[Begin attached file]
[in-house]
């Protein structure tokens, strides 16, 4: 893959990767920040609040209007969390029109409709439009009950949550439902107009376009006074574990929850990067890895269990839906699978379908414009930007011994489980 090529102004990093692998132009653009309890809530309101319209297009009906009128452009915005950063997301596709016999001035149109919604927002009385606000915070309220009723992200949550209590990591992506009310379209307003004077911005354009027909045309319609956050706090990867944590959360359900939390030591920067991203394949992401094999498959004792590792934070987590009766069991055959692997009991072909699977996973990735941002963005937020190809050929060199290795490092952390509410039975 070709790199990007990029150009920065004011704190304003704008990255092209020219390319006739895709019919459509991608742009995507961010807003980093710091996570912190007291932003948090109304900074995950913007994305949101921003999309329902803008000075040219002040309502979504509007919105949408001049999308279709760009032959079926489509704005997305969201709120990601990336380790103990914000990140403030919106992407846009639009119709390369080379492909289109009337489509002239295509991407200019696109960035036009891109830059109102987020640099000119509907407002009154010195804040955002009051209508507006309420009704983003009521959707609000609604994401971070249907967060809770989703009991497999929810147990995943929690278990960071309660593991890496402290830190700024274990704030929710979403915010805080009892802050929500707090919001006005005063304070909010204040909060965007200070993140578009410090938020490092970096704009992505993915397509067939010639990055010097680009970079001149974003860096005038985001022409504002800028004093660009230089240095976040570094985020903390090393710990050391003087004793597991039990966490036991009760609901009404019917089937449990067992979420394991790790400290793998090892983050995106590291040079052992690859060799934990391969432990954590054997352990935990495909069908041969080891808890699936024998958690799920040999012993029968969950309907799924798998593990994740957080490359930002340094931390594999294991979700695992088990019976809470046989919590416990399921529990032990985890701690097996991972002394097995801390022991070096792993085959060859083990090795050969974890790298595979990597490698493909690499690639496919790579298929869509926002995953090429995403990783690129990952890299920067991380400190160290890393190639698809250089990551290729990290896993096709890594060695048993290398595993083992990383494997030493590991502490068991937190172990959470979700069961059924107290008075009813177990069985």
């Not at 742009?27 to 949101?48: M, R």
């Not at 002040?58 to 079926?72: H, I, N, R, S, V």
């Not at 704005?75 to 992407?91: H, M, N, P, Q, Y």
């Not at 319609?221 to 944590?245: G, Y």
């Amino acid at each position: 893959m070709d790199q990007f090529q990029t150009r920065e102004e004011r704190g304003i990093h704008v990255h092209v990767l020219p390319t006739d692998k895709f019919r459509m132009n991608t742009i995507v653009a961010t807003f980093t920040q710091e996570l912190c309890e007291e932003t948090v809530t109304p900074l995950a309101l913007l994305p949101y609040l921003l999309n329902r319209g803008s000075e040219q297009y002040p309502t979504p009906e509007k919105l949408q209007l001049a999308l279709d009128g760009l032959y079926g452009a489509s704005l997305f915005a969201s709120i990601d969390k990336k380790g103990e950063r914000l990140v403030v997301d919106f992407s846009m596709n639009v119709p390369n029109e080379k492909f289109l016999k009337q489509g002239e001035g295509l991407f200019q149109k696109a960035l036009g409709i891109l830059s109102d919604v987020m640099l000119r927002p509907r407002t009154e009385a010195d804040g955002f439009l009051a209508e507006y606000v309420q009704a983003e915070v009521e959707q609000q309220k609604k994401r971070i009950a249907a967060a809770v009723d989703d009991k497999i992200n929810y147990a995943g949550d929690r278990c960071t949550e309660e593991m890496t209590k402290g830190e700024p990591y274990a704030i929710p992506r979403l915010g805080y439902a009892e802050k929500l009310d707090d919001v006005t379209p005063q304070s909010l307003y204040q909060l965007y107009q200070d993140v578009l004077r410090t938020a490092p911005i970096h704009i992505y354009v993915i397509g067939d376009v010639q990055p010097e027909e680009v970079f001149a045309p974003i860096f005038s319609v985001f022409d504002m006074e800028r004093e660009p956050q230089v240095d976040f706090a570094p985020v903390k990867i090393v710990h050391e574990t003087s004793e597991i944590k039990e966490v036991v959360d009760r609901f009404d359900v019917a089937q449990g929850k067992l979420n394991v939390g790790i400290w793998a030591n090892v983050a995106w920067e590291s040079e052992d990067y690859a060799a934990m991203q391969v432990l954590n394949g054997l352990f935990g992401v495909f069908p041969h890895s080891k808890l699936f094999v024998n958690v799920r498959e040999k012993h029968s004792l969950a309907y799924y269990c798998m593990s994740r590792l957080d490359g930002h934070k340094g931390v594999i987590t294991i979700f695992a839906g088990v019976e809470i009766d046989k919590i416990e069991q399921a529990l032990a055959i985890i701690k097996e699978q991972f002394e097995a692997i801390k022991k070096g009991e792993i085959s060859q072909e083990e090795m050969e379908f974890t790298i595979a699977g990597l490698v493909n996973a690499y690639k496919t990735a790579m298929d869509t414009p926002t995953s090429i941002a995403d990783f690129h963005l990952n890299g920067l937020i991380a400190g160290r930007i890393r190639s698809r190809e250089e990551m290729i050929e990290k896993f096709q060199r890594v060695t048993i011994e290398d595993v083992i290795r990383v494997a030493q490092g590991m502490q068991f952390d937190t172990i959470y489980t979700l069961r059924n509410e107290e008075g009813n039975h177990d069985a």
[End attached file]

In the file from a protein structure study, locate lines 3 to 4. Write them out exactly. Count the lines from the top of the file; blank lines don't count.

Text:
């Not at 742009?27 to 949101?48: M, R």
């Not at 002040?58 to 079926?72: H, I, N, R, S, V």